Cheney Smackdown

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Dick Cheney has claimed that his office is not subject to National Security Archives oversight of its handling of classified information because the vice president, as president of the Senate, is not part of the executive branch. Yet, to avoid public scrutiny of his meetings with energy industry leaders, Cheney declared that going public “would unconstitutionally interfere with the functioning of the executive branch.” Question 1: Does this contempt for the constitution violate Cheney’s promise to uphold the same document?

Cheney apparently considers himself his own special branch of government, outside the requirements of democracy—and perversely, he may just have a point. The report by the House Committee on Oversight and Government Reform (more here) reveals that outsourcing of government responsibilities to private contractors is “the fastest growing component of federal discretionary spending.” And Halliburton, the company Cheney once led and from which he continues to receive payment, has taken the lion’s share of the growing business. Halliburton saw a six-fold increase in its income from government contracts under the VP—err, Senate President’s watch. Question 2: Is this ethical?

So maybe the Dark Lord’s ultimate agenda is simply personal greed. ThinkProgress points out that Cheney’s stock options are worth more than 300 times more now than they were at the start of his second term. By contrast, the taxpayers have not profited from the arrangement. The House report concludes that 118 contracts—worth $745.5 billion—”experienced significant overcharges, wasteful spending, or mismanagement.” Question 3: How is this not impeachable?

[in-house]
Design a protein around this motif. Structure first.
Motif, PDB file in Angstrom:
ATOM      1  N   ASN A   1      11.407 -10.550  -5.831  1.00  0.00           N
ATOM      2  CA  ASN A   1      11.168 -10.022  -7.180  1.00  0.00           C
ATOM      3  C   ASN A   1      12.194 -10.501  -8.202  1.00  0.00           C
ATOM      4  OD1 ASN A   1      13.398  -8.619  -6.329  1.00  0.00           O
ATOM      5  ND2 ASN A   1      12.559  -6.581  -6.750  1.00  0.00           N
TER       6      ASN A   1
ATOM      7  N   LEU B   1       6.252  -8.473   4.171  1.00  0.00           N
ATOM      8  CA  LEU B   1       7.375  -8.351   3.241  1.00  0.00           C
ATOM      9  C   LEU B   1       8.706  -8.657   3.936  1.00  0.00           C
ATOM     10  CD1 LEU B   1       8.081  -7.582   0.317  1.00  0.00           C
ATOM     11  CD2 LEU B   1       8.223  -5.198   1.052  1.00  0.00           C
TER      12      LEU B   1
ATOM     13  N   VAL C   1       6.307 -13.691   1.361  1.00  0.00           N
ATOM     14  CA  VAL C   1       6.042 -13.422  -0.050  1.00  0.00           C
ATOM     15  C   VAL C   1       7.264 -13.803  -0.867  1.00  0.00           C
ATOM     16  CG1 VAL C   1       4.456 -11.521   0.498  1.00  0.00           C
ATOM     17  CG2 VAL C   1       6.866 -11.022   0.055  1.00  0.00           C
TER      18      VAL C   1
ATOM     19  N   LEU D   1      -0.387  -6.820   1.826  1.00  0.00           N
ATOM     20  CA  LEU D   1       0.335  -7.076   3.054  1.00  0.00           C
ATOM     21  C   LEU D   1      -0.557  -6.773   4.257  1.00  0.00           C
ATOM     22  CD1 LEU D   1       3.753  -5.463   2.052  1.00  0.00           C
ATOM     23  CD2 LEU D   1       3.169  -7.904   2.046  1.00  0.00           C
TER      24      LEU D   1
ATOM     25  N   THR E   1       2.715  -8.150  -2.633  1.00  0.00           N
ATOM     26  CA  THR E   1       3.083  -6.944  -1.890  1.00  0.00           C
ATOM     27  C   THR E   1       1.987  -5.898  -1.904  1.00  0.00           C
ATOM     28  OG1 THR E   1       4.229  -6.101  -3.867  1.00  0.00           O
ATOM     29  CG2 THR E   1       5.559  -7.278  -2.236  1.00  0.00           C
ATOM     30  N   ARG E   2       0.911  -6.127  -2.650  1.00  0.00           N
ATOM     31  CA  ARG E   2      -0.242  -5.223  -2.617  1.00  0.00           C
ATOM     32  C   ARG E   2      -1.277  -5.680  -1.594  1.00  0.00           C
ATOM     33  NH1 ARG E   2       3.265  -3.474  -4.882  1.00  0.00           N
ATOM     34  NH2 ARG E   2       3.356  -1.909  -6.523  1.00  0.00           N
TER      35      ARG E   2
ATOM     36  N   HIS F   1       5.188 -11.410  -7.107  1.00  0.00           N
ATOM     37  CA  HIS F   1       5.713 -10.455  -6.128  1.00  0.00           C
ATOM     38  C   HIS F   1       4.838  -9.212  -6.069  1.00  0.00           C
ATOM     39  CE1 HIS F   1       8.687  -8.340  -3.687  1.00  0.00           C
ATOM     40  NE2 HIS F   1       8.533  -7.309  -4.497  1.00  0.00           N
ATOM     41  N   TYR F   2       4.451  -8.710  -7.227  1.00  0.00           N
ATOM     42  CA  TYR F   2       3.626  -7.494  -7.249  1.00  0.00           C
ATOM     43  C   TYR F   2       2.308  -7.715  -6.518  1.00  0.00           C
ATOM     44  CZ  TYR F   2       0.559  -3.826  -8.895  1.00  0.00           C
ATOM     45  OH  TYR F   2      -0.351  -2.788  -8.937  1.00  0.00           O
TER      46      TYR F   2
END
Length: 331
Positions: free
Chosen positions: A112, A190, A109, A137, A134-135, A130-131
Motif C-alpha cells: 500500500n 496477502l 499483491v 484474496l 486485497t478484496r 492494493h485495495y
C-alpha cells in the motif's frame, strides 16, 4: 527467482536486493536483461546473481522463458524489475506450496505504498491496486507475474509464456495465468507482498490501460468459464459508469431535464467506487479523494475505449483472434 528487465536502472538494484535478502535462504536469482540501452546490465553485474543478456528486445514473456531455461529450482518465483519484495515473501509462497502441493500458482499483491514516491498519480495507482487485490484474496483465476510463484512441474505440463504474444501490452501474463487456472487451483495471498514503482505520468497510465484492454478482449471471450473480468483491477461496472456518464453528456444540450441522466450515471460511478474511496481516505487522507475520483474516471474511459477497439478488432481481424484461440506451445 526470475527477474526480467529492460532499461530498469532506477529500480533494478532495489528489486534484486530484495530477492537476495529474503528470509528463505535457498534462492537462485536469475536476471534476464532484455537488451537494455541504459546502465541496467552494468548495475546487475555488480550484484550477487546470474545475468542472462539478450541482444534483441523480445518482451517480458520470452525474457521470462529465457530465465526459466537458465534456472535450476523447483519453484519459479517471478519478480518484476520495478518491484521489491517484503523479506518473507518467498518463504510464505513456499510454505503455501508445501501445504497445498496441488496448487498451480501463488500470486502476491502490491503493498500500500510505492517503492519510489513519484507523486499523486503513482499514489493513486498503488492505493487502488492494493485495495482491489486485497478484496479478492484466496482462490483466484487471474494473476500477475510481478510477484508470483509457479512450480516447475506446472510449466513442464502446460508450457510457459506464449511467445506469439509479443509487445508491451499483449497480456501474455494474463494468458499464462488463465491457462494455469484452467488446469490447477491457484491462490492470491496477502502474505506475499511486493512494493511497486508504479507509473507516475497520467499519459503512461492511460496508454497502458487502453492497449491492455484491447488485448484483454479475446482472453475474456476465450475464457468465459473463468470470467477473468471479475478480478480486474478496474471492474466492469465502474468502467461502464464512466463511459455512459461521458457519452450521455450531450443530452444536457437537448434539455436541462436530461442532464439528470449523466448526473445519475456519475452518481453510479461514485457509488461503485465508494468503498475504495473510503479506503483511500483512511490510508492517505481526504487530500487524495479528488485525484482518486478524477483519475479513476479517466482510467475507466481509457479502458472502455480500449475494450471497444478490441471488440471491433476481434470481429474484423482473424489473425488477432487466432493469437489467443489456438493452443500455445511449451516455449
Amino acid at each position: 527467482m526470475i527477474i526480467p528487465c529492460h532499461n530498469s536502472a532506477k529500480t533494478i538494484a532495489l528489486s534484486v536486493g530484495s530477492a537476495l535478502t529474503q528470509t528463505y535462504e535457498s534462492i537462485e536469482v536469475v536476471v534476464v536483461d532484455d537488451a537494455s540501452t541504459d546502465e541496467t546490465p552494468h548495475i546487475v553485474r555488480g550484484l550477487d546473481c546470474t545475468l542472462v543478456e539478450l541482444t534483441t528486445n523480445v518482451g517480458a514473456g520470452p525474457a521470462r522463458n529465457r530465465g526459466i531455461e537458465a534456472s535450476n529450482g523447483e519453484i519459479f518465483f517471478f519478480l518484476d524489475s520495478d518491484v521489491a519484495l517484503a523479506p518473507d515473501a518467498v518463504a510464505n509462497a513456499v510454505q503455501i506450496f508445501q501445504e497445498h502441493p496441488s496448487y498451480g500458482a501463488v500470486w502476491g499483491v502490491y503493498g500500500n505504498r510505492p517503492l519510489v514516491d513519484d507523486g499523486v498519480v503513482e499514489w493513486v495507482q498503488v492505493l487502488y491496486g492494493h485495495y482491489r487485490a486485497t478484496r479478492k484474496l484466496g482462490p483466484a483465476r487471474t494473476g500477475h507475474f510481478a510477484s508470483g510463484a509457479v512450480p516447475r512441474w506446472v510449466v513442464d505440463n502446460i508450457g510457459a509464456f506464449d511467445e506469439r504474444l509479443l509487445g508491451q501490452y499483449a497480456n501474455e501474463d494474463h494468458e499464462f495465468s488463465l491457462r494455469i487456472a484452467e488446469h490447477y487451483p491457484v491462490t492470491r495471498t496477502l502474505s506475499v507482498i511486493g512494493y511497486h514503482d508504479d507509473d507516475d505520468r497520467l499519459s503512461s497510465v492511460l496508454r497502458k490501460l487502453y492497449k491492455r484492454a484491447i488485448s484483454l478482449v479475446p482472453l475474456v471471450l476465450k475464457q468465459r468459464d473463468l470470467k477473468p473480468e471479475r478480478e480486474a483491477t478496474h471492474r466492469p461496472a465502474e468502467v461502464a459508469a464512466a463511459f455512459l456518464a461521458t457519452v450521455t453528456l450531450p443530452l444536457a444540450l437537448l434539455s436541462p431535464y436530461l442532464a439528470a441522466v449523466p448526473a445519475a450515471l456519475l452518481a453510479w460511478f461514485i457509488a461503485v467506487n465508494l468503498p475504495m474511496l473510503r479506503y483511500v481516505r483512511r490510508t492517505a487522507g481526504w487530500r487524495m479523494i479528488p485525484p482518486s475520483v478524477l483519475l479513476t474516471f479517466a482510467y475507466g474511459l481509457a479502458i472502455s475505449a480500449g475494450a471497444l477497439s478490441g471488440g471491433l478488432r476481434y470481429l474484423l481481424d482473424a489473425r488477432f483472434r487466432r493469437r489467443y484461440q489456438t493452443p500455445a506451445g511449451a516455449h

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Fact:

In-depth journalism that investigates the powerful takes real money and is so damn important right now.But it doesn’t take a Mother Jones investigation to know that billionaires and corporations will never fund the type of reporting (like they do politicians) we do that exists to help bring about change. Instead, our mission-driven journalism is made possible by people power, and has been for 46 years now since our founding as a non-profit.

In “TITLE TK” Monica Bauerlein writes about the perilous moment we’re in, and why it’s so important that we raise $325,000 by the time November’s midterms are decided so we can be ready to throw everything we have at the big issues facing the nation no matter what happens. Please help MoJo’s people-powered journalism with a donation today.

$400,000 to go!

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